Report - - Odeon/Classic Cinema, Morecambe - Aug 2020 | Theatres and Cinemas | 28DaysLater.co.uk

Report - Odeon/Classic Cinema, Morecambe - Aug 2020


the north
Regular User
Odeon/Classic Cinema

A photo of the property during it's time as an Odeon, which lasted 30 years.

The cinema opened as an Odeon on 2nd September 1937 with a showing of 'It's a Grand Old World,' featuring Sandy Powell. Built as one of the original Odeon's in the chain began by Oscar Deutsch, it had seating provided for 1084 in the stalls and 476 in the circle. The building boasts a stunning Moderne style exterior which includes a rare projectionist's walkway, most of which is deterioriated today. After thirty years of use, the cinema was taken over by the Classic Cinemas chain in 1967, but only for nine years, and shut in 1976 with a final showing of Kenneth Williams in 'Carry On Behind.' Part of the reason for the cinema's closure relates to it's less than prime location in Morecambe as it away from the tourist going centre.

The building has been occupied with lower level companies every since, including DIY and furniture shops. The current owner is Homemakers 1st Shop. With the building not being listed, the interior has been allowed to deteriorate above the shop, sealed off by drop down ceilings. Nevertheless, the current user stores stock in almost every room upstairs, including the circle.

It was pouring with rain on our visit, so there was no point getting a wet long exposure. Here is a photo of the building with it's second most recent owner.

I had been eyeing up this theatre for around a year, after street view searching for some '50s offices' supposedly vacant, I passed this and planned to have a closer look later on. Outside the building is up there with my favourite looking cinemas, with it's curving green and white tiles and typical Odeon tower. With the occupants in the lower floors, it definitely wasn't going to be simple going and also not for the day time. Finally a couple months ago, me and @The Excursionists went to inspect and although difficult, it went more or less to plan with our finding of an entry after a while aimlessly stumbling around a spider infested loft space. Although the night in question wouldn't be our successful visit, it left us with a lot of promise, as clearly no-one had entered some sections for years.

This month we returned with much more anticipation as well as @little_ boy_explores who couldn't resist a cinema as such, despite his 7am job interview the following day. Everything went swimmingly, and soon enough we had found ourselves in the circle. Although it was full of what seemed like random items, the ceiling details were nice as well as the gold circles on the soundproof walls that joined the hall to the projector space.

Looking up to the top of the cinema from the lower levels. Nowadays, this would be the shop floor.

Today, the front of the stage is blocked by a fibreglass wall, and no seats remain.

Closeup of the huge light fittings.

The doors in the cinema were one of the most interesting parts left, personally. These would take the visitor into the top level of the foyer.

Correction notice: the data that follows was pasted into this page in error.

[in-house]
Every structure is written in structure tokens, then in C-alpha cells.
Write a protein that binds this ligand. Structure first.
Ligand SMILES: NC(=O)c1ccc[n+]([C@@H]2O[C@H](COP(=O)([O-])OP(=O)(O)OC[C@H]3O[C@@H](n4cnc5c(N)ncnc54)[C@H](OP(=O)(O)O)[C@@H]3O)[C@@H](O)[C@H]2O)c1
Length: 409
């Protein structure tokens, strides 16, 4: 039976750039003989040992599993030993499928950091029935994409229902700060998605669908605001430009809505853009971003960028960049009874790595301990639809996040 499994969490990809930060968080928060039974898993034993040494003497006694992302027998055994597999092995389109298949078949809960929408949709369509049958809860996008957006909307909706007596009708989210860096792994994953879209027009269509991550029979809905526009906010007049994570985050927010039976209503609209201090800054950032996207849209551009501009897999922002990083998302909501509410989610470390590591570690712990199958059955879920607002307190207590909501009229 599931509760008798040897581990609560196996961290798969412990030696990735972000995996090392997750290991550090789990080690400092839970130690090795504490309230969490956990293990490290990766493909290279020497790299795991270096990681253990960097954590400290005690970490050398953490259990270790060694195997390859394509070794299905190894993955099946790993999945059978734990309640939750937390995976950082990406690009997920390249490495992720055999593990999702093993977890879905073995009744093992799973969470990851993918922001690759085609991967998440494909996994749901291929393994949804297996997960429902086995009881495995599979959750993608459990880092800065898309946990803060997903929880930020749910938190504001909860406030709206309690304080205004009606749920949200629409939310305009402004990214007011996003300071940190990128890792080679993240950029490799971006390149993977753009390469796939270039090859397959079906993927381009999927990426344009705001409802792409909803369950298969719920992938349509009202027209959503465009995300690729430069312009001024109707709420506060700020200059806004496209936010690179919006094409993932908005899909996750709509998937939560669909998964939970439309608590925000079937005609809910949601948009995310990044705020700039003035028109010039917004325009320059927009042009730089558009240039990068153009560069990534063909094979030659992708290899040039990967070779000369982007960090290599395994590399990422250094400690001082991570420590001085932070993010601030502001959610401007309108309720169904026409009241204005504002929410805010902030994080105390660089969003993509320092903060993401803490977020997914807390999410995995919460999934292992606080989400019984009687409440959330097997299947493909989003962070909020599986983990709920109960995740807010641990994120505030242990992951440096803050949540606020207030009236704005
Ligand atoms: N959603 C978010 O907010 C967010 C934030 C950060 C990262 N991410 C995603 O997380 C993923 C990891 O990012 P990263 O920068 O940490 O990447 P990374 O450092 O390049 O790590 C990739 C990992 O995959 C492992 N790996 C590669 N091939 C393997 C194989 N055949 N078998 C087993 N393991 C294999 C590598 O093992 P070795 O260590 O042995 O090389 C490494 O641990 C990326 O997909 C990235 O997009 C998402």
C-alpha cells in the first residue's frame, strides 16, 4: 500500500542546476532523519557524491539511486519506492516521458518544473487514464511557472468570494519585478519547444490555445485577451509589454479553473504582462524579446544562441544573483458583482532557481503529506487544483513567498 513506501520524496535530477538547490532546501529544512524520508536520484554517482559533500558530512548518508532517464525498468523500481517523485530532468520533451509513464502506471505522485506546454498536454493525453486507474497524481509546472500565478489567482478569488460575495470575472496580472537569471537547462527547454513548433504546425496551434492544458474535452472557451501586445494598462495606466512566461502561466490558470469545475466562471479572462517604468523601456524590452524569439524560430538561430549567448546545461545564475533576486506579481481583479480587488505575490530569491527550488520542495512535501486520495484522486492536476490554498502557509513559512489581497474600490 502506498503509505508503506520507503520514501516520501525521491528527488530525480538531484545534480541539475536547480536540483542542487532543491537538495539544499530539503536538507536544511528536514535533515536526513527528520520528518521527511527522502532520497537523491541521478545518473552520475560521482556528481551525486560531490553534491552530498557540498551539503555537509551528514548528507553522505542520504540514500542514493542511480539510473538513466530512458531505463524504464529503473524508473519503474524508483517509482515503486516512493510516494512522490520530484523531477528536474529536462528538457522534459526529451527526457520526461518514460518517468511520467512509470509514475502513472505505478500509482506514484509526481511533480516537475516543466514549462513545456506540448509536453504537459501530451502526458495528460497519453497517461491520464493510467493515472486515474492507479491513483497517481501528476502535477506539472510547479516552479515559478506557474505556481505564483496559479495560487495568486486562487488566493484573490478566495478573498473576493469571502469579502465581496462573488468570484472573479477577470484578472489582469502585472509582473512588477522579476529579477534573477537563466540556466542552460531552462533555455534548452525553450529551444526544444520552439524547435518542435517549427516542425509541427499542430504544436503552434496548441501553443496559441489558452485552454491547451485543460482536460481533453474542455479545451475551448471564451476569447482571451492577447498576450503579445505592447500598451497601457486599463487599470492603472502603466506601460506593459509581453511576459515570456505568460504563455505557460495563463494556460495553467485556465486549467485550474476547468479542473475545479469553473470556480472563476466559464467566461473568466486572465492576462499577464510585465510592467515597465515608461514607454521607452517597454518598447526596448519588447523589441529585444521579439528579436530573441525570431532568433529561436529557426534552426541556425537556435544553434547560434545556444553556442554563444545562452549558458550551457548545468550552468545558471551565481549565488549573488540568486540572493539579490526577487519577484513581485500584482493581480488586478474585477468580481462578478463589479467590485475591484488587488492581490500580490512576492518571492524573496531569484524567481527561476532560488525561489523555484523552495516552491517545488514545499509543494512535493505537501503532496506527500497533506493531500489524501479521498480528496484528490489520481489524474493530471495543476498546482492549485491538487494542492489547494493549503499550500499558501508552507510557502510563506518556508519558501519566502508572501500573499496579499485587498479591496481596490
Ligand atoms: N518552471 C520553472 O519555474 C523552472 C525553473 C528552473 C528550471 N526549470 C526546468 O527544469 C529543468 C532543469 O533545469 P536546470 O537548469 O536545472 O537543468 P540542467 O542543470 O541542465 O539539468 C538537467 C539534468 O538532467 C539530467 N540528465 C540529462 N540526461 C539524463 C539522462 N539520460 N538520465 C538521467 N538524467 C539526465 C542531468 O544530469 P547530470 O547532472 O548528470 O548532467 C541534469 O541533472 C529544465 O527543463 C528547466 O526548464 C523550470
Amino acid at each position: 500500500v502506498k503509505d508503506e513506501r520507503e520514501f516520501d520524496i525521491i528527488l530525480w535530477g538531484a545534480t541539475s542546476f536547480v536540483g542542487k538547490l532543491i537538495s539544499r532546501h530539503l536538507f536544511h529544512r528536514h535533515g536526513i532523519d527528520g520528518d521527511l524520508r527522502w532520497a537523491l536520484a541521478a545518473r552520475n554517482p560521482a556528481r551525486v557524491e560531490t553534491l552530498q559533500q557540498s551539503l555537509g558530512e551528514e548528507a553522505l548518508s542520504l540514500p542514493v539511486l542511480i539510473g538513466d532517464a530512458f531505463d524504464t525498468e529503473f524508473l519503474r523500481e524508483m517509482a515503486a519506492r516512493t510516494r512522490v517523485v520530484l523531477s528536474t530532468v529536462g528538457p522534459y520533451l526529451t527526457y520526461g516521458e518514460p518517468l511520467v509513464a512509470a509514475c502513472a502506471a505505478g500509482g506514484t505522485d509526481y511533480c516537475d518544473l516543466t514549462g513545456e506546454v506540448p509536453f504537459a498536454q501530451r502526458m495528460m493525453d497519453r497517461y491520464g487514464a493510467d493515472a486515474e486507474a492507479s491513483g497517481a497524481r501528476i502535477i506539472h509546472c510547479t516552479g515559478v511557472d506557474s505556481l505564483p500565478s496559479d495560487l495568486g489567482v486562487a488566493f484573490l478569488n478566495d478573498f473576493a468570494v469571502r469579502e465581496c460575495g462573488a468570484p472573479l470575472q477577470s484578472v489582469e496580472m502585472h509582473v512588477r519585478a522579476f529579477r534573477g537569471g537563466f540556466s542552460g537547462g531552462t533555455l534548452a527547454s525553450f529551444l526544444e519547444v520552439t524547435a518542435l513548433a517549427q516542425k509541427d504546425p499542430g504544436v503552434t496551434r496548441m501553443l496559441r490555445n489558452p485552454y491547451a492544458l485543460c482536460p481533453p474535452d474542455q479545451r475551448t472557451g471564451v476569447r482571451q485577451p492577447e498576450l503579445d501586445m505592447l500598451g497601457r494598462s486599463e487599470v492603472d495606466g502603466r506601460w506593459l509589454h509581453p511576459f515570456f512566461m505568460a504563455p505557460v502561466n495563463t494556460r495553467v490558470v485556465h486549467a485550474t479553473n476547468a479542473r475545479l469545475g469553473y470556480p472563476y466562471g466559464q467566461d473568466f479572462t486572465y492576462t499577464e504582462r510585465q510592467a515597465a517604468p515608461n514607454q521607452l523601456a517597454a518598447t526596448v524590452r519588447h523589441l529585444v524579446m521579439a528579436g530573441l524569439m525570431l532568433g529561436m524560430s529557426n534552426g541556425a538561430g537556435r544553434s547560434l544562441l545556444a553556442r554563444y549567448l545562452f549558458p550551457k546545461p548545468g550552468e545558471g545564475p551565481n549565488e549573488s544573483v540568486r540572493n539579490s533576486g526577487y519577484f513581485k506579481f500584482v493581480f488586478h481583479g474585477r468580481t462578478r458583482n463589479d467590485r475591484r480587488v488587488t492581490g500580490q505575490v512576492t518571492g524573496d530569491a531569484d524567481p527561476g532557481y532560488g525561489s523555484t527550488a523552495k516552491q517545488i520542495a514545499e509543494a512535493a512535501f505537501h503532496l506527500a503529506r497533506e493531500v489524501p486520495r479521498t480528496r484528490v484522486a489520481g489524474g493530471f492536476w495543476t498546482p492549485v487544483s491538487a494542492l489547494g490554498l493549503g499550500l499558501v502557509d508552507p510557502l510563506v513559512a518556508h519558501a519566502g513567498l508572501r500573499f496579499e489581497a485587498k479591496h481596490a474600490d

These details at the back of the hall are original and kept well over the years.

Ashtrays and carpet.

We didn't expect to see any remnants of the stage at all, but moving bits of the fibre glass apart reveals what is still intact today. I wonder if the gold side details have been saved in the shop below.

In full.


We had our highest hopes for the projector room, hoping that the store was unable to get there, or might have just sealed it off since it closed as a cinema. It was disappointing to say the least that there was minimal items inside of old, but the architecture was quite nice with the light fittings, and an old electrical circuit at the side.

An old photo showing the projector room. The left wall circuit is exactly the same today.

More modern photos of the projectors changing over time.

How it appears today. You might start to see a theme of these boxes.

The electrical circuit.

A plaque at the top of the circuit, showing it's heritage.

Various features around the projector room.

To be continued.​


the north
Regular User

Inside the iconic projectionist's walkway.

It was parts like this that made us debate how long stuff had actually been stored up here.

We didn't expect anything of the foyer to remain. The lower floor must be in use for the shop but again, halved by drop down ceilings. These photographs aren't the best because as we found out, this section of the building led directly into the shop so we didn't want to hang around - clicks were going off all around us. It was also much less dusty than the rest of the abandoned parts, so we think the storage here is much more active.

The foyer in the past.

The foyer's balcony as it appears today.

Note the 'C I C E' (?) text above the double doors that lead to the circle. I wasn't sure what this comes from - Classic Cinemas logo is almost 'CIC' so maybe that.

Following this, we had covered every room that isn't used, as well as each stairwell, most of which led to a boarded up door that connects to either outside or the functioning shop.

Thanks for reading :)


28DL Regular User
Regular User
Good report! Access was a mission to say the least so props to you on that one. It was great to pop out into the circle and see what you had found. Enjoyed each visit thoroughly :rolleyes:
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the north
Regular User
Great report and some classic bread & butter exploring, I’ve enjoyed following the stuff you lads get upto since coming on the scene, even dare I say it some of the videos. Just goes to show if produced properly can work, unlike much of the cringe out there.

Once again great effort :thumb
Much appreciated mate :)

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